Proceedings in Dandong lasted just two hours with fellow Canadian Michael Kovrig due to face court on Monday.
Michael Spavor, one of two Canadians detained by China more than two years ago, appeared in court on Friday morning to face charges of espionage, in a case seen in Ottawa and Washington as retaliation for Canada’s arrest of a top Huawei executive on an extradition warrant from the United States.
China detained Spavor and fellow Canadian Michael Kovrig, an former diplomat, in December 2018, just days after Canadian police arrested Meng Wanzhou, Huawei’s chief financial officer.
Beijing insists the detentions are not linked to the arrest of Meng, who remains under house arrest in one of her Vancouver mansions, as she fights extradition to the United States.
The two men have had almost no contact with the outside world since they were detained, and virtual consular visits resumed only in October after a nine-month hiatus which authorities said was necessary bevcause of the coronavirus.
Kovrig, a former diplomat, is due to go on trial on Monday in Beijing.
Police set up a cordon on Friday outside the Dandong Intermediate People’s Court, which sits along the Yalu River opposite North Korea, the isolated country that Spavor visited regularly as a businessman.
Just before 9 am local time (01:00GMT), court vans with a police car escort arrived at the court, although it was not possible to see if Spavor was inside any of the vehicles.
The trial was expected to start at 10 am (02:00GMT) and two hours later the Canadian Embassy said the proceedings had concluded.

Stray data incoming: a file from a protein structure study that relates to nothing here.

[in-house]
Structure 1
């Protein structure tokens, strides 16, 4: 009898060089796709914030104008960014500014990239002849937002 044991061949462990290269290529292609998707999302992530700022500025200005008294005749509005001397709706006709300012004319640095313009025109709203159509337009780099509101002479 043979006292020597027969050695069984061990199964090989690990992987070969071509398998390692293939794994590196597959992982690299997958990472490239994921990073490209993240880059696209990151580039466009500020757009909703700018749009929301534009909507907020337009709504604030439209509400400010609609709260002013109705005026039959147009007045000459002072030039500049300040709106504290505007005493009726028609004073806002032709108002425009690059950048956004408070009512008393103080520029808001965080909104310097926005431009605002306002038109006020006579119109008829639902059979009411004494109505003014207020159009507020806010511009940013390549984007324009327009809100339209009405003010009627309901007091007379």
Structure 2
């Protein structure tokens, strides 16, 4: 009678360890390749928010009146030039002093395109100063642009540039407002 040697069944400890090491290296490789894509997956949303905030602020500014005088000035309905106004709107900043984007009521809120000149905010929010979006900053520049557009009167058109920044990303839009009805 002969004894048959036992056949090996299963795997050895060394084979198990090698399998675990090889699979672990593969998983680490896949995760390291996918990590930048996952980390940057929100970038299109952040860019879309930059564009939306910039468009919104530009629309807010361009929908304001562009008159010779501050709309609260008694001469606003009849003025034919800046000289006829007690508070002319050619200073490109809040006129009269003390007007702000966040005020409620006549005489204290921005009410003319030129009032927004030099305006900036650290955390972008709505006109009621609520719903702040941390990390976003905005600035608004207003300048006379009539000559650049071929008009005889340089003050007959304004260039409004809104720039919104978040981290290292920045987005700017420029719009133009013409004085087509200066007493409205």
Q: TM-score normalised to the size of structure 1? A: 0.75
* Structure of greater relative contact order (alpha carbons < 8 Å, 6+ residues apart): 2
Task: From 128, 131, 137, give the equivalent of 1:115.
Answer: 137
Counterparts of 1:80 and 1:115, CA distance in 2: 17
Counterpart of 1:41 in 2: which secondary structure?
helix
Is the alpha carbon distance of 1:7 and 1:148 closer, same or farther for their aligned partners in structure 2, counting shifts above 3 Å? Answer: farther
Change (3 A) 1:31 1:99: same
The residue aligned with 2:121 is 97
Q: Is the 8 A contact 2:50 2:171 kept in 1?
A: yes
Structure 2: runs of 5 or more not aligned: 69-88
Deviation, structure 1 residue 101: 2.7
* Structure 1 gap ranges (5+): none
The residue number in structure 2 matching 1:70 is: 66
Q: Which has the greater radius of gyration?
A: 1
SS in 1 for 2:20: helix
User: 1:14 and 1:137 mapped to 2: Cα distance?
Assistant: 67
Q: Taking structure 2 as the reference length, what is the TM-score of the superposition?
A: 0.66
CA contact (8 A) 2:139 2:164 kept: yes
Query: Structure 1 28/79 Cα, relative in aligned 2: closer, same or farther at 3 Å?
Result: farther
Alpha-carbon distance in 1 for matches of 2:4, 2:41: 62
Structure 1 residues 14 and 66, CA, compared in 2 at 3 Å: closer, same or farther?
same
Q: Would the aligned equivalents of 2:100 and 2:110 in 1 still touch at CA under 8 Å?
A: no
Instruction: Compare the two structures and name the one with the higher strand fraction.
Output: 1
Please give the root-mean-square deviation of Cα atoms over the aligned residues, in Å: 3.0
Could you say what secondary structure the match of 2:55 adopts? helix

Spavor was present in court, but no verdict was announced, Jim Nickel, charge d’affaires at the Canadian embassy in China, told reporters. China has a conviction rate of more than 99 percent.
The trials are taking place as the United States and China hold high-level talks in Alaska, the first since US President Joe Biden took office.
China denied on Thursday that the trials were linked to those talks.
Observers have said convictions of the two men could ultimately facilitate a diplomatic agreement which would allow the two men to be released and sent back to Canada.
Guy Saint-Jacques, a former Canadian ambassador to Beijing, said the timing of the trials was clearly designed to coincide with the talks between the United States and China, which wants to pressure the Biden administration to arrange for Meng’s release.
“It’s fair to say that at this stage the solution has to come from Washington … (Canada) is stuck in this geopolitical game that is going on between the United States and China,” he told the Canadian Broadcasting Corp on Thursday.
“We are in a very tough position because in fact unfortunately at this stage there is nothing that the Canadian government can do.”
Meng – whose father is Huawei founder and CEO Ren Zhengfei – has been in a two-year battle against extradition to the US over charges the firm violated US sanctions on Iran.
Her court case in Vancouver has entered its final phase with hearings expected to end in mid-May, barring appeals.
In a statement, Spavor’s family called for the unconditional release of both men.
“Michael is just an ordinary Canadian businessman who has done extraordinary things to build constructive ties between Canada, China and the Democratic People’s Republic of Korea,” they said.
“He loved living and working in China and would never have done anything to offend the interests of China or the Chinese people.”